Well, me too. The inside of this cabinet was evil. Plain evil! This bleeding through happens when the old stain keeps bleeding through the furniture paint, no matter how many layers of paint you use. It will even bleed through regular ‘ole primer, too.
That’s what happened in this case. I wrote a post called 10 Common Furniture Painting Mistakes and How to Prevent and Correct Them. You can check that out for all the possible reasons why it happens, but just know this: it will make you want to pull your hair out. 🙂
When beginning your painted china cabinet makeover, you’ll also want to test your wood to make sure it doesn’t bleed through. When I painting my china cabinet, I noticed that this was the worse case of bleeding through I had ever seen!
This had nothing to do with the Off White paint that I used. It wasn’t that the paint wasn’t good at covering up the wood. This is true for all paints. If you’re painting mahogany stained wood, it’s notorious for bleeding through. No matter how many coats of paint you use, it will bleed through. Even regular primer won’t work.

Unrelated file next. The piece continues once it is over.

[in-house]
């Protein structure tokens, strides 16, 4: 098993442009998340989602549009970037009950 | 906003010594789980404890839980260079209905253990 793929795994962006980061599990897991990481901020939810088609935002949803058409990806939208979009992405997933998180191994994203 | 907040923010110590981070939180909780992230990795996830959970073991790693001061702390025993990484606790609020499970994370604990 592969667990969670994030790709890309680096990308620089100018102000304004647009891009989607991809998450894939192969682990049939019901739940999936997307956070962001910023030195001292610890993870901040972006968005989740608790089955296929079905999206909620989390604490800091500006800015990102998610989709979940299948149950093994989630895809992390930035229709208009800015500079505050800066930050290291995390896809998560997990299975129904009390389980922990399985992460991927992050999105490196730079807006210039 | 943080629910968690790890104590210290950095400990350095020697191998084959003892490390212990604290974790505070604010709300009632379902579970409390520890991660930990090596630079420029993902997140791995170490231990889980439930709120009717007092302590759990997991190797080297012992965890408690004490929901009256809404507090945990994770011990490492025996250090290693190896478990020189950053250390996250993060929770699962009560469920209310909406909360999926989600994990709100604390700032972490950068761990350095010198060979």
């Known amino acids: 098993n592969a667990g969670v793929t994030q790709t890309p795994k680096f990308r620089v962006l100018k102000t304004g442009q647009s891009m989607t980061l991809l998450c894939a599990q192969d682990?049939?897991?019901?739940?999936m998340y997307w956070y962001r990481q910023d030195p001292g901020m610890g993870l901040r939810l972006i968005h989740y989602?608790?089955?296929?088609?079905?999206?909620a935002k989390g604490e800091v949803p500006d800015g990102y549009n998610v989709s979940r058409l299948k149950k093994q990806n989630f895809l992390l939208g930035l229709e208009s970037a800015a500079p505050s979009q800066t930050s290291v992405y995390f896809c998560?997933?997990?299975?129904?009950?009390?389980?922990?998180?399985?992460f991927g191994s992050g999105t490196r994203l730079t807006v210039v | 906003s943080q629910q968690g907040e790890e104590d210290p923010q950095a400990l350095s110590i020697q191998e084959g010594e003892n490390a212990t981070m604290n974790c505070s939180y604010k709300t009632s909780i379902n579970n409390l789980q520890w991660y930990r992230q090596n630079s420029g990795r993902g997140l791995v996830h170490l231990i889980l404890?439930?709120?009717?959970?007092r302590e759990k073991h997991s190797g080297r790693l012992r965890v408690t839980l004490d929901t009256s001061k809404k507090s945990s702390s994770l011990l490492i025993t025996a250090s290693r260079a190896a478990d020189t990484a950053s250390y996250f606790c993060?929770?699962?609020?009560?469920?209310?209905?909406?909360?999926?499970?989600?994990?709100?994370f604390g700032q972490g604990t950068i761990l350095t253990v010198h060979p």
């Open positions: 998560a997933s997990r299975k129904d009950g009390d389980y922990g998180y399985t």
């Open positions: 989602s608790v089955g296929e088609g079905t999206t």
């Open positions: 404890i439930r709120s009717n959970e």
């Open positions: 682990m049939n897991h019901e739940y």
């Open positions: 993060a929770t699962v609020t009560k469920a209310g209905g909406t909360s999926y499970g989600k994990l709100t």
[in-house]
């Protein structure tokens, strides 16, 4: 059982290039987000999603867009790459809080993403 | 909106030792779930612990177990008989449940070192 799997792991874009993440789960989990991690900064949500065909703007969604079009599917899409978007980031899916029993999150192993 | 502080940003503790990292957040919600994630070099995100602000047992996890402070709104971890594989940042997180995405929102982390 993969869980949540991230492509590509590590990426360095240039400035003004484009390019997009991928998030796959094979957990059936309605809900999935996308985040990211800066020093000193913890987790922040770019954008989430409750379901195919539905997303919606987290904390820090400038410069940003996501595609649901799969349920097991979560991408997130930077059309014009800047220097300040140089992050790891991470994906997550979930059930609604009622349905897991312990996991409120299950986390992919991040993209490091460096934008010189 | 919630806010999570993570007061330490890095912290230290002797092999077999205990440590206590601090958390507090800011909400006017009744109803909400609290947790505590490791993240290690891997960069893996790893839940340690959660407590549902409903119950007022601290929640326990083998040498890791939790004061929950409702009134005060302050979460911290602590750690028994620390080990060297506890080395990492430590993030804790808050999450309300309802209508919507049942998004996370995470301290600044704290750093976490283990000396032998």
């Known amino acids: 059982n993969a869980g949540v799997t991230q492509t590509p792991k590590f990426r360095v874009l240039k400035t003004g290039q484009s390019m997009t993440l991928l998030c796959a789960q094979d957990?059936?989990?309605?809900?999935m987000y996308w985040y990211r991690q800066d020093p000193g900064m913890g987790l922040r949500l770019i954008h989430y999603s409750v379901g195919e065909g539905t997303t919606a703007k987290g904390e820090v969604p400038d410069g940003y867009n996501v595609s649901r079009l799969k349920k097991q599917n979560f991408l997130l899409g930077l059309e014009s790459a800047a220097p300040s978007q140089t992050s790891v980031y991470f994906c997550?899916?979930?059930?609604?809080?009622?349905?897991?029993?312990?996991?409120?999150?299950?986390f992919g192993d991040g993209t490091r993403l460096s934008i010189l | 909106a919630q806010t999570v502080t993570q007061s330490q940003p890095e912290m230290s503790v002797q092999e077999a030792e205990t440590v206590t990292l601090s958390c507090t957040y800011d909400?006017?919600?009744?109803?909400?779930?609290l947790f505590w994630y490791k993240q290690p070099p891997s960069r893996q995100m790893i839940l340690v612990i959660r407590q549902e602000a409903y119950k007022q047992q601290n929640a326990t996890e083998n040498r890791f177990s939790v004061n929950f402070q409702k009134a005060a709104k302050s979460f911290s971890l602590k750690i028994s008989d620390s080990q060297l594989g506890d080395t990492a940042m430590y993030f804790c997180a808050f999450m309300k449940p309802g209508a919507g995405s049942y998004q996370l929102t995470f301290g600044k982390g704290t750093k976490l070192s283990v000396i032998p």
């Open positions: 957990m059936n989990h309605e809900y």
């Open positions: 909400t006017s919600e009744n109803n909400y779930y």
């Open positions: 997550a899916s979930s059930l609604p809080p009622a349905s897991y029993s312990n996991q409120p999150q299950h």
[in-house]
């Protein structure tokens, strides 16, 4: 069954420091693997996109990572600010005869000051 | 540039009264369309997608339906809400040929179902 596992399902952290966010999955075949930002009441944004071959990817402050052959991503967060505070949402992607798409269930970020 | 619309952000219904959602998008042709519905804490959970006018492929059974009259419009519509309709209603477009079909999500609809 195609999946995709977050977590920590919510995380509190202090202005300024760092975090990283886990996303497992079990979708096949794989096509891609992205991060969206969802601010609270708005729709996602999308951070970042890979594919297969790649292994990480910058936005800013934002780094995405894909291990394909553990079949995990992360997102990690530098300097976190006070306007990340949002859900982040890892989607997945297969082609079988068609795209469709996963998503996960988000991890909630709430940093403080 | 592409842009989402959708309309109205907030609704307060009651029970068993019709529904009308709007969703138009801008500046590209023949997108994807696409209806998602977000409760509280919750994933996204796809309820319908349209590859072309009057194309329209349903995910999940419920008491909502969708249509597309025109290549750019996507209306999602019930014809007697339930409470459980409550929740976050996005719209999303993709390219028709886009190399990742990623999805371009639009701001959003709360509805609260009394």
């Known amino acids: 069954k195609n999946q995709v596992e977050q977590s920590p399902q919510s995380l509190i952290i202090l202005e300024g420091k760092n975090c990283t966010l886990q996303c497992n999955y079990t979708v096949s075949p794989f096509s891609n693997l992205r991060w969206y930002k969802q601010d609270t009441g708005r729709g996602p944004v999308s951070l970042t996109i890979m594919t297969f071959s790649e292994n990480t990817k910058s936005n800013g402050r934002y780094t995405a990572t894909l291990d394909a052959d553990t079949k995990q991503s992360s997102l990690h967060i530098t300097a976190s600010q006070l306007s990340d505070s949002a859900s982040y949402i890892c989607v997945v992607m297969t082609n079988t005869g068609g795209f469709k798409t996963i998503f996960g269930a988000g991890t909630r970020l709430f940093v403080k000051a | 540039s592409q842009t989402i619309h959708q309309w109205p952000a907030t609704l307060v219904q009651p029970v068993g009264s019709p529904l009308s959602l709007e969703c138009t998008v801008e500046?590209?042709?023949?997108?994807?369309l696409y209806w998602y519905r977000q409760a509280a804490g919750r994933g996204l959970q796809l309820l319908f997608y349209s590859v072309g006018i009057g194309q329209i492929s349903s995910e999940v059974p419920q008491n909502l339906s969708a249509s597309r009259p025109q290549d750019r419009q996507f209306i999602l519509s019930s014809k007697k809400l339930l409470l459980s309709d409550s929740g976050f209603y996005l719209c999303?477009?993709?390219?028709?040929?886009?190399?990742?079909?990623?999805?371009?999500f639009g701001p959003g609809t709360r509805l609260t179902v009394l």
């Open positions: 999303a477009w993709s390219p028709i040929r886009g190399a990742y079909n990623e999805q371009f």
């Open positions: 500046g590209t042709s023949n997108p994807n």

How to Prevent Paint Bleed-Through
To prevent bleed-through, you’ve got a couple of options. You can:
- Use something called Shellac Sanding Sealer on the wood, which will create a barrier between the wood and the furniture paint.
- Use a water-based top coat (like General Finishes High Performance Top Coat) and then paint over that protective coat once it’s dry.
- Use a paint that is similar to the shade of the bleeding wood. For example, I decided to paint the inside Annie Sloan Old Ochre because that color has a yellowish tint that can mask any bleed-through. Clever, huh? Just roll with the punches….